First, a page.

Maggie Vink: I couldn't help but think about my son's birth mother recently.
Apropos of nothing, a rambling farmhouse sat on a busy corner of a busy street in a busy town. White paint chipped and peeled from the ancient wooden siding as if it were trying to escape and somehow adhere itself to an edifice more worthy of its crisp, clean color. Overgrown bushes, trees and plants wound across the property like a ball of yarn dragged and hopelessly tangled by a cat. Inside, only hints of the grand house it once was remained ... the wooden frame of what must have been a circular fireplace, original glass doorknobs and an iron claw-foot tub.
Twelve years ago, that old farmhouse was my home. Despite its rundown state, I loved it there. I spent hours tending to the yard. During the years I lived there, I revived countless climbing rose bushes, huge stands of lilac and a gnarled old wisteria that looked half-dead but sang with beauty in time.
There's no way I could have known that as I was sprucing up that old farmhouse, out on the West Coast, my son was being born.
Was it sunny that morning when my son's teenage birth mom went to the hospital? Was she alone, or did her teenage boyfriend go with her? Did she have her own mother there to hold her hand? I assume she was scared, but that she also looked to the future with the bravado of youth. She hadn't come from a life filled with sunshine and roses. Her bedroom probably wasn't lovingly decorated in white and yellow (as mine had been at her age). Her family probably didn't sit around playing board games and laughing on Sunday nights. She didn't go to school dances and cheer at Friday night football games.
Instead, her life was filled with far too much responsibility, abuse, drugs, drinking, instability, poverty and violence. Did she have an inkling of what was to come in the years ahead? Or was she as unaware of me and the need for me in her son's life as I was of her and the need for her son in my life?
At 1:43 PM, a 5 pound, 1 ounce miniature of my lanky boy was born. Did she kiss his tiny feet, checking each perfect little toe? Did she cuddle him in her arms and cry with exhaustion and happiness? As I do now, did she watch him rest and wonder why he always bends his right index finger when he sleeps? Did she comment on how his low forehead is an exact replica of his dad's? Did she notice that his eyes have his dad's shape but her color?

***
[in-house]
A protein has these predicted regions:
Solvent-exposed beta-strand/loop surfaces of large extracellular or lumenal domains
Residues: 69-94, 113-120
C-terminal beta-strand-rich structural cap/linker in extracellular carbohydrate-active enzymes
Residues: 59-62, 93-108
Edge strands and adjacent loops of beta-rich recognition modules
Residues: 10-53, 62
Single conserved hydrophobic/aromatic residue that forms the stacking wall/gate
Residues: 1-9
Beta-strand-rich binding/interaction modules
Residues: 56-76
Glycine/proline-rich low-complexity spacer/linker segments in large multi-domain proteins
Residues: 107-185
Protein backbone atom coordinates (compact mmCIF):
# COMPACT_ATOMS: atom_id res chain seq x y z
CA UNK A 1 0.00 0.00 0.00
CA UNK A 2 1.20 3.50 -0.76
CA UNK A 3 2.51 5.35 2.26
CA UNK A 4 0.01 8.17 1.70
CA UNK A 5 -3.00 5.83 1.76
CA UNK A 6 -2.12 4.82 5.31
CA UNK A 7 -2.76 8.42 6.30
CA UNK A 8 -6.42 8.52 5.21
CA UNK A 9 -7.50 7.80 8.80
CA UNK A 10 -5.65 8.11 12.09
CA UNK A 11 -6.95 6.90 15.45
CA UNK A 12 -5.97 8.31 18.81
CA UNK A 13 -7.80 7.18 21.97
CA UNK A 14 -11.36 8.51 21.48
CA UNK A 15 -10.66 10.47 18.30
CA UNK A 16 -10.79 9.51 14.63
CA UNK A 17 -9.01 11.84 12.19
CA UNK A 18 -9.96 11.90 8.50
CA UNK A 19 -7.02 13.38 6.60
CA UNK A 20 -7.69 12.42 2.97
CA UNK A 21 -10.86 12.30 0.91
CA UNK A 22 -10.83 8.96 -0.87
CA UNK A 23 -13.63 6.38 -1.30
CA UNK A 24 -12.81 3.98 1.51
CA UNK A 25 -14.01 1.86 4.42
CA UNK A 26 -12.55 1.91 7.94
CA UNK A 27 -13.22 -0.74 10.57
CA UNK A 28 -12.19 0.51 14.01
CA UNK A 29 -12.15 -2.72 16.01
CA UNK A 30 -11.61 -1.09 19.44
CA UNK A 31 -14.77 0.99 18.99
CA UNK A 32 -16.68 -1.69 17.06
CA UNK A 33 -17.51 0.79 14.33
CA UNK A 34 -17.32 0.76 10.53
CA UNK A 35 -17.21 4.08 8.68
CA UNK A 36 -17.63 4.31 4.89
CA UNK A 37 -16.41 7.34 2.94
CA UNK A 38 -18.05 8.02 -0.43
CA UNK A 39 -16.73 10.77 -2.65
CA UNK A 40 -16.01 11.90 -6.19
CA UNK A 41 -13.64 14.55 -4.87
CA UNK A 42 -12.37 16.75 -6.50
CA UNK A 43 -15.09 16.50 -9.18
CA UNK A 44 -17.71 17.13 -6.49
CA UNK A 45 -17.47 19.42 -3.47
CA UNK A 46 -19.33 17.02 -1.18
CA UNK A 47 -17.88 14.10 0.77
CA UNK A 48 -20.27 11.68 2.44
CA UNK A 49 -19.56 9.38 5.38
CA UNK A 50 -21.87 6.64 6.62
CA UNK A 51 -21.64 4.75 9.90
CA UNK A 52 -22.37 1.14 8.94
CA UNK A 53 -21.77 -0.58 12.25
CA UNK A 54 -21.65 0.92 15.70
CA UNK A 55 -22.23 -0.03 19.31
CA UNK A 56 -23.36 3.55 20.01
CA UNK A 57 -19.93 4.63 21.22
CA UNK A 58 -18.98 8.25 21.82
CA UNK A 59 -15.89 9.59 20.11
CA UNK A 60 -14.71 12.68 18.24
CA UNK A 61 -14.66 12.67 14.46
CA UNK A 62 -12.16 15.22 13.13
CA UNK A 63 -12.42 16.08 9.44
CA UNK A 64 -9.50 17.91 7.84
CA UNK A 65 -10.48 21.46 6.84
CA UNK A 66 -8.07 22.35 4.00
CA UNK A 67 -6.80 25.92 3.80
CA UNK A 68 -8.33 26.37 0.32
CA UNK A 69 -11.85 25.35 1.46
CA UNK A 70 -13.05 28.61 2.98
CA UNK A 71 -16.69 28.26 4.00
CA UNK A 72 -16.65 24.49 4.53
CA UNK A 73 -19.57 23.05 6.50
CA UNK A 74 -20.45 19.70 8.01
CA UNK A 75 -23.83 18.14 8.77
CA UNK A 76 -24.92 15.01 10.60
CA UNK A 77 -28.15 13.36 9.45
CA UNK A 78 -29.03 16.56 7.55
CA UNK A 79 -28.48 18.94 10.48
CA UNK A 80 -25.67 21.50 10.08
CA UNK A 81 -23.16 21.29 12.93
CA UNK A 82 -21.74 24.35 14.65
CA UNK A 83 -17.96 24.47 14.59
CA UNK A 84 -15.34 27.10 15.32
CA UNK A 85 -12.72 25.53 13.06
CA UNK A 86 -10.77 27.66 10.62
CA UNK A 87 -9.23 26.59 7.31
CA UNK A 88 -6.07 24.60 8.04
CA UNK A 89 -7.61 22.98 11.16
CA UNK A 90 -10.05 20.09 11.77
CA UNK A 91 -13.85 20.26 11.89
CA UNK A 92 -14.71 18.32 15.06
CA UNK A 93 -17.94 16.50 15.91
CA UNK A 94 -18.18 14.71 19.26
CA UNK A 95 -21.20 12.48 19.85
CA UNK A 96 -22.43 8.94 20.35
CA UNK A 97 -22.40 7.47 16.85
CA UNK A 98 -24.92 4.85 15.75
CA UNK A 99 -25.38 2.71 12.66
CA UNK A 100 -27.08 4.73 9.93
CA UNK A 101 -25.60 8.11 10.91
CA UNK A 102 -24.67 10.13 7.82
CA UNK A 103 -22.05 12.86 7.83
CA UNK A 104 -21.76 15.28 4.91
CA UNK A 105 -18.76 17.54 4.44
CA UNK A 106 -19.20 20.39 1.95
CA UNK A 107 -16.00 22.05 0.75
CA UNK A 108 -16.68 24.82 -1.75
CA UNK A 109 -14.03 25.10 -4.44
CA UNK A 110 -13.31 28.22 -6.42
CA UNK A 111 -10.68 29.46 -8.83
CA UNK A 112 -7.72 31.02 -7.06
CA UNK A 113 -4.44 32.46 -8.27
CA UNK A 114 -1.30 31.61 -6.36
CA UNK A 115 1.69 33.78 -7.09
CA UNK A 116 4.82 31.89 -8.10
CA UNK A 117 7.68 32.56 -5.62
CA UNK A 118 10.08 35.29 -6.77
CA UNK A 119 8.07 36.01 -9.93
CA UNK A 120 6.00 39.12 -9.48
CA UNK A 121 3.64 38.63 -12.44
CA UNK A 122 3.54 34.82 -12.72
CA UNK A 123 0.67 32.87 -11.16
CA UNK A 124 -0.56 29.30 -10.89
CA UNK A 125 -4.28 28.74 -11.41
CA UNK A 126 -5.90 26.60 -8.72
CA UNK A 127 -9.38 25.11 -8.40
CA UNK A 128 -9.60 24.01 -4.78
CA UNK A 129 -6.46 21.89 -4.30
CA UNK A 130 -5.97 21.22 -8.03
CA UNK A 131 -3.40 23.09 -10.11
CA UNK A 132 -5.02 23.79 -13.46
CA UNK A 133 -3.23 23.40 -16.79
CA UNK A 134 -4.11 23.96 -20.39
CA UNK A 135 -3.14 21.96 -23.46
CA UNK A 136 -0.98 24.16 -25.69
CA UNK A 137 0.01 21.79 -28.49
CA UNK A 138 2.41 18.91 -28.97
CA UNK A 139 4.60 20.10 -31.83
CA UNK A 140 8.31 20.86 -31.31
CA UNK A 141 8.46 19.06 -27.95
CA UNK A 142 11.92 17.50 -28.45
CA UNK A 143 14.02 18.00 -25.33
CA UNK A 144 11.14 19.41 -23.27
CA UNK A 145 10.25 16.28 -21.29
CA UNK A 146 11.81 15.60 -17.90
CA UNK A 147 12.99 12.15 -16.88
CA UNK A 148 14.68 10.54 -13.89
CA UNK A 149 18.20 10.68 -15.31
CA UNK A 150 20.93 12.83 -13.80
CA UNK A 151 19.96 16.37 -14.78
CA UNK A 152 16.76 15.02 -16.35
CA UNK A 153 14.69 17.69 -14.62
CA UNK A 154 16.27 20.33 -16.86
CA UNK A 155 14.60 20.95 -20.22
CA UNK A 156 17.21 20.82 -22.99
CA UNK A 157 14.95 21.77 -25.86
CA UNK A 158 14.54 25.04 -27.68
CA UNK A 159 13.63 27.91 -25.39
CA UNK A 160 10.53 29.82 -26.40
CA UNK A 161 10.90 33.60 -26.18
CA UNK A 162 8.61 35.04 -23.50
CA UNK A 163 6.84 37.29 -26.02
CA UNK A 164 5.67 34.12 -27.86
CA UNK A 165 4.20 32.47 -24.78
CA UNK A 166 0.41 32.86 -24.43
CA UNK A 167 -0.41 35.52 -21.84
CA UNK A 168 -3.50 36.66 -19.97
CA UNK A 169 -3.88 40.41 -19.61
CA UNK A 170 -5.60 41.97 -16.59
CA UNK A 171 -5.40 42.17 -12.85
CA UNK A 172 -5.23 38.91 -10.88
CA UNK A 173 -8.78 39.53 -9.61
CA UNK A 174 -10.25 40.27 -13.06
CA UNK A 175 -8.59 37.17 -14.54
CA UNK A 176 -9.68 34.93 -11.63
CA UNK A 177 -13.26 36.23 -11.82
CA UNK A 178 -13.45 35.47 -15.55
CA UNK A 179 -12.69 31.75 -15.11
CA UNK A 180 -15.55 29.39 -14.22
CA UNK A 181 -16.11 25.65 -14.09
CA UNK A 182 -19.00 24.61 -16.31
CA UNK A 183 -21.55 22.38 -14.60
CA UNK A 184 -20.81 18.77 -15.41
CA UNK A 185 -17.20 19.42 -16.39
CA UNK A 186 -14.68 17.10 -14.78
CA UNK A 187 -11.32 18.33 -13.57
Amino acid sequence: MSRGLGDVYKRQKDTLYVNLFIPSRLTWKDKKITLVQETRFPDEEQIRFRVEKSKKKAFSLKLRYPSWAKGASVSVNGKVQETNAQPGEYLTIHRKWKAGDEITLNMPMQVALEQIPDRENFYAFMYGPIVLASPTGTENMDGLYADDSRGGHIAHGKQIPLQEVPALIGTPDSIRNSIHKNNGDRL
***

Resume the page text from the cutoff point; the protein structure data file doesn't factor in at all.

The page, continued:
Did any little piece of her heart guess that, years later, another mother would cuddle her son, read him bedtime stories and kiss him goodnight? Did she ever wonder who would finish writing this beautiful chapter she'd started?
I respect her for the brave things she did for my son. I'm grateful to her for this beautiful child who brightens up my home with his laughter. But I'm also angry with her for not being able to shake her addictions and care for her child. I'm saddened by all the inappropriate people, places and things my son was exposed to while in her care. I'm sympathetic because I know enough of her background to know that the task of parenting was nearly impossible for her.
I know so much about her past, and details of why her parental rights were terminated. I know about her childhood and the difficulties she had. Yet she knows nothing about me. I have no idea how often she thinks of my son ... her son ... OUR son. Does she long for him? Does she worry? Maybe she takes the opposite stance and she's grateful he's no longer in her life. There's no way for me to know.
She and I are the bookends of our son's youth. Though are lives are connected by mishap, trial and happenstance, she and I are two sides of the very same coin. And one day, when he says he's really ready for it, my son and I will be looking forward to finding her again.